So even though you might be able to identify $e\psi^2$ as a charge density in an operational way based on its effect on other objects, the fact that the "charge distribution" does not have any self interactions within non-relativistic QM, means that at least in non-relativistic QM, it can't be viewed in the semi-classical charge distribution way that Schrodinger appears to have desired. Which is partly why people settled on the Born rule as interpreting $\psi^2$ as probability density instead of charge density.

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  • $\begingroup$ I don't disagree, but wave function collapse is more of a postulate than an actual phenomenon. Extrapolating effects from collapse like induced currents is a stretch. The very idea of "parts of a single quanta of charge" producing anything observable seems like an oxymoron to me. A single electron could have a fully distributed charge in an orbital, and still only be detected at a particular x,y,z locus; the uncertainty principle should fully describe both conditions without needing to invoke collapse. $\endgroup$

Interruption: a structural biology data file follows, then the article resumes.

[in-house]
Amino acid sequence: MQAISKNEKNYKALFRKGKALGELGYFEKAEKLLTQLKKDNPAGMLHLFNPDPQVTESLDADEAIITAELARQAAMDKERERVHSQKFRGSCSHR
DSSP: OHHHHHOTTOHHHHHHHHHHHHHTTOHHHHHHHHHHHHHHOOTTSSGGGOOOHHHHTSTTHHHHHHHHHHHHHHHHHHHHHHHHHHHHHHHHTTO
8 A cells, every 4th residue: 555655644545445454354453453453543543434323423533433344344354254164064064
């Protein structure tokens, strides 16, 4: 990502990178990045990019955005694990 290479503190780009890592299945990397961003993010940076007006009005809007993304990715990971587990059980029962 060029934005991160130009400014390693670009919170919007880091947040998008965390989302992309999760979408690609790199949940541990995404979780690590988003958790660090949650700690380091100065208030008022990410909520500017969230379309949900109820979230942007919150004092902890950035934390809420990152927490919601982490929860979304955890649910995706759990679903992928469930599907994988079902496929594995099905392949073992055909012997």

– JPattarini
    Dec 3 '18 at 15:36
  • $\begingroup$ That's my point essentially. If you were to try and view the wavefunction (and its spread out nature) as a physical object, then you would have to identify wavefunction collapse as a physical process. Since we don't see evidence for this we don't think of the wavefunction (or its collapse) as a physical object (be it charge, mass, or otherwise). $\endgroup$ Dec 3 '18 at 22:52